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Specs & The City: Story Tone and 'Batman'

Know what story you want to tell before you sit down to type FADE IN. It’s the best single piece of advice a writer can be given, but too many of us still don’t follow it. Now, I’m not talking about knowing your characters, or having a firm plot outline in mind, or knowing how your screenplay will end – though these are all good things to know, and I’ve talked about most of them in previous columns.

Rather, when I say to know the story you want to tell, I’m talking about tone. Tone is the mood of your script, and it should be present in every aspect of it, from the way the characters talk, to the word choices you make in your action blocks. The decisions you make with these choices will steer your reader in terms of the expectations they have of your screenplay, and living up to those expectations can mean the difference between receiving good coverage, and getting tossed onto the reject pile.

Does your main character sprint after the bad guy, or plod after them? Do they smile, or smirk? Does a bomb go BAM, or KABLOOEY? If your choices suggest one tone, but your screenplay’s plot suggests another, then you’ve got a problem.

But can choices of tone really make that much difference to the end product? You don’t have to look very far in cinematic pop-culture to find evidence that the answer is a resounding, “Yes.”

Tone and ‘Batman’


Created by Bob Kane in 1939, the tone of what constitutes a Batman story has changed consistently with the times. But, let’s just focus on the one’s we’ve seen on screen; the versions of Batman that most people are generally aware of.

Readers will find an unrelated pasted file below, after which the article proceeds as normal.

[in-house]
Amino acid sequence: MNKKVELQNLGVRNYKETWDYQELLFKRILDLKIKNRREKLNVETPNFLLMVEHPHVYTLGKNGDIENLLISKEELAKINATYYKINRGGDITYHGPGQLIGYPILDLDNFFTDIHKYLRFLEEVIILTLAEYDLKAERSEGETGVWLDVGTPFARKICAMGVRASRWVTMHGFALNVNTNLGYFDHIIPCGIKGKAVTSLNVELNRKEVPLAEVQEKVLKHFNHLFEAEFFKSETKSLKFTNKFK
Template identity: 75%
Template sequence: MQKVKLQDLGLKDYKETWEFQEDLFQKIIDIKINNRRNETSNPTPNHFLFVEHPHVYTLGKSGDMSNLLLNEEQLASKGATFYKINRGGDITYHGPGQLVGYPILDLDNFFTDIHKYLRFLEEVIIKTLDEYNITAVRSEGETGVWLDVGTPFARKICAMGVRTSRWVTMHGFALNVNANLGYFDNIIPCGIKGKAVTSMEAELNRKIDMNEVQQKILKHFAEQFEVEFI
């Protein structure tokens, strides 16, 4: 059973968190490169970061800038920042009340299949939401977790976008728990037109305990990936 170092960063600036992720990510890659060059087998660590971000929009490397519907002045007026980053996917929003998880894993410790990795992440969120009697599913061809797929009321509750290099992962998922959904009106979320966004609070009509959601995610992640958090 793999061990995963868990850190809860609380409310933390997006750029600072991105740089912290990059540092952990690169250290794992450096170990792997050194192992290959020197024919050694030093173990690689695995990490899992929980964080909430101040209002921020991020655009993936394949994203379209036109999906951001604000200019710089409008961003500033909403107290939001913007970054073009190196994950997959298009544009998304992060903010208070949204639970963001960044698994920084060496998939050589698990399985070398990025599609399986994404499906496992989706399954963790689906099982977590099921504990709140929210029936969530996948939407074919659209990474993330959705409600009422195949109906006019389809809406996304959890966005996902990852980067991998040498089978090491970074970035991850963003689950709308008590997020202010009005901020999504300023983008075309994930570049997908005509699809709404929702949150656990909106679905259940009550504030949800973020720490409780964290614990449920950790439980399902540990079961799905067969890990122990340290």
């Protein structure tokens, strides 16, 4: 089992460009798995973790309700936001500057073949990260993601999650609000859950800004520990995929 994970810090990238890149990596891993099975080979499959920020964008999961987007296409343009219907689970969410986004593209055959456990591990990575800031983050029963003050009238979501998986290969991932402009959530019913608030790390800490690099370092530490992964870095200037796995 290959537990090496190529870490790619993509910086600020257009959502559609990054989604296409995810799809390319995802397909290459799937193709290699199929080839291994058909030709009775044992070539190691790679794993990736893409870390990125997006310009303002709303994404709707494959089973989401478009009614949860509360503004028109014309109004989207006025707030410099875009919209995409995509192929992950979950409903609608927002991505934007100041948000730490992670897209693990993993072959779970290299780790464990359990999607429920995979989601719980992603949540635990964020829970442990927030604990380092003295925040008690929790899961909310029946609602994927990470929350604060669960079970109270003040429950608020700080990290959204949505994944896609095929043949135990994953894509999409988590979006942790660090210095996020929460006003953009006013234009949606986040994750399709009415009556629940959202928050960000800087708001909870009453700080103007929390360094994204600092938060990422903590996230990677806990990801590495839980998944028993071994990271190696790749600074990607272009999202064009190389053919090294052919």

Some days, you just can't get rid of a bomb.

Adam West – Campy Batman
BAM. POW. BOFF. The 60’s were a serious time in the real world. TV was an escape for people, and so West’s Batman represented the same kind of kitschy fantasy you found on I Dream of Jeannie, Bewitched, and most of the other popular shows of the time. It didn’t take itself too seriously, and invited the audience to come along for the ride.

Michael Keaton – Offbeat Batman
Keaton’s Batman, as directed by Tim Burton, was a little ahead of its time. We were about to enter the era of grunge, and Gen X, and this version of the caped crusader tapped into that. To a degree, it’s more of a statement about Burton than the times, a vision of a hero through a cracked mirror.

Val Kilmer – Transitional Batman
A lot of you probably just said, “Oh man, I’d totally forgotten that Val Kilmer was Batman!” I’m including him here for the sake of completion, but Kilmer’s which came out in 1995, feels like a Dear John letter to Batman fans. Joel Schumacher knew he was going to break up with Burton’s version of Batman, but he wasn’t quite sure how to tell us yet. Unfortunately for us all, he figured it out.

Batman4 this happened.

George Clooney – Self-Parody Batman
With Schumacher fully in creative control, and the backlash against the dark, gritty, dirty era of the early ‘90’s in full swing, we got…bat-nipples…and Alicia Silverstone as Bat Girl. The serpent had completely swallowed its tail, and the character had become a joke, but without the knowing wink to the audience that Adam West’s version had.

Christian Bale – Grounded-in-Reality Batman
Post 9/11, audiences were no longer interested in happy-go-lucky super-hero capers. The world was full of real danger, real villains, and we needed a Batman that lived and breathed in that world. To paraphrase, Christopher Nolan and Christian Bale gave us the Batman we wanted, not the Batman we deserved. Devoid all anything resembling frivolity, this most recent version of Batman struck a serious tone that resonated with movie-goers in desperate need of a hero.

Ben Affleck - ???
We still don’t know how Ben Affleck’s Batman will differ from his predecessors, but you can rest assured, it will. The country is in a different place now than it was, even a few years ago (when tonal fatigue led to lack-luster reviews of The Dark Knight Returns and an embracement of fun with The Avengers), and this new Batman will strike a tone all its own.

So pay attention to the tone you’re establishing in your screenplay, and make sure you’re telling the story you really want to tell.

Until next time, put a call in to Commissioner Gordon, and keep writing!

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